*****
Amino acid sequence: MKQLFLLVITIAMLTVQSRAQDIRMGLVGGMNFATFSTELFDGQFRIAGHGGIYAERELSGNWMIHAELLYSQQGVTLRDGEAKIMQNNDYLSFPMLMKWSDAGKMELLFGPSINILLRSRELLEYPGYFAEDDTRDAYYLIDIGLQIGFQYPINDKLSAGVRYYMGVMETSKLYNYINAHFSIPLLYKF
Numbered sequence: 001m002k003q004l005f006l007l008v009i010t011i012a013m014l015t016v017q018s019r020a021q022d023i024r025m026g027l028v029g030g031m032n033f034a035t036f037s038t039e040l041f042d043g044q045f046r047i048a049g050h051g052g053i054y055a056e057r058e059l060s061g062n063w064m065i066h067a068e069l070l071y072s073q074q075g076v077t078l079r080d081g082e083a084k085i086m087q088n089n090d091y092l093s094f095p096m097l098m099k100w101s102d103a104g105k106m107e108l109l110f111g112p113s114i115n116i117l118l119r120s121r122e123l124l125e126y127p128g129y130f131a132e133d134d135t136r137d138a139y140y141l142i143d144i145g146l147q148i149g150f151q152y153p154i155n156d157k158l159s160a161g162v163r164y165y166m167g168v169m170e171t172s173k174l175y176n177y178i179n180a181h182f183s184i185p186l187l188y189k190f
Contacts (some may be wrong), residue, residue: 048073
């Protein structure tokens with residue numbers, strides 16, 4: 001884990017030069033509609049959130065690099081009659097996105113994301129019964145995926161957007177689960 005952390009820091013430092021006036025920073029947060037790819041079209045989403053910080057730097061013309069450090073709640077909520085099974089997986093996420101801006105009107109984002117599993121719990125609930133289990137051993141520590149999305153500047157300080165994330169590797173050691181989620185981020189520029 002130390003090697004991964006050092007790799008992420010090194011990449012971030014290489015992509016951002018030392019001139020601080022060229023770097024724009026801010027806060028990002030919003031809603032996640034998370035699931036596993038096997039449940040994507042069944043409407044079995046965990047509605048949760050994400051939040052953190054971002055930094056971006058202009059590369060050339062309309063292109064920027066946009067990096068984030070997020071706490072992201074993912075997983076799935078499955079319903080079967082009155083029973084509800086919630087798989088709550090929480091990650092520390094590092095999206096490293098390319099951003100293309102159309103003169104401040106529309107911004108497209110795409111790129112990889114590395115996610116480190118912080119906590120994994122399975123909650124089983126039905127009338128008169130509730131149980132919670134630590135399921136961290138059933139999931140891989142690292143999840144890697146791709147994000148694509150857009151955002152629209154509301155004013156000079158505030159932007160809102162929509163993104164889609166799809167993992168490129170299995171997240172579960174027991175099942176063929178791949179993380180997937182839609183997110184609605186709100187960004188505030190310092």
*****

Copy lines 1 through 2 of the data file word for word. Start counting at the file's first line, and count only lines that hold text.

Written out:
Amino acid sequence: MKQLFLLVITIAMLTVQSRAQDIRMGLVGGMNFATFSTELFDGQFRIAGHGGIYAERELSGNWMIHAELLYSQQGVTLRDGEAKIMQNNDYLSFPMLMKWSDAGKMELLFGPSINILLRSRELLEYPGYFAEDDTRDAYYLIDIGLQIGFQYPINDKLSAGVRYYMGVMETSKLYNYINAHFSIPLLYKF
Numbered sequence: 001m002k003q004l005f006l007l008v009i010t011i012a013m014l015t016v017q018s019r020a021q022d023i024r025m026g027l028v029g030g031m032n033f034a035t036f037s038t039e040l041f042d043g044q045f046r047i048a049g050h051g052g053i054y055a056e057r058e059l060s061g062n063w064m065i066h067a068e069l070l071y072s073q074q075g076v077t078l079r080d081g082e083a084k085i086m087q088n089n090d091y092l093s094f095p096m097l098m099k100w101s102d103a104g105k106m107e108l109l110f111g112p113s114i115n116i117l118l119r120s121r122e123l124l125e126y127p128g129y130f131a132e133d134d135t136r137d138a139y140y141l142i143d144i145g146l147q148i149g150f151q152y153p154i155n156d157k158l159s160a161g162v163r164y165y166m167g168v169m170e171t172s173k174l175y176n177y178i179n180a181h182f183s184i185p186l187l188y189k190f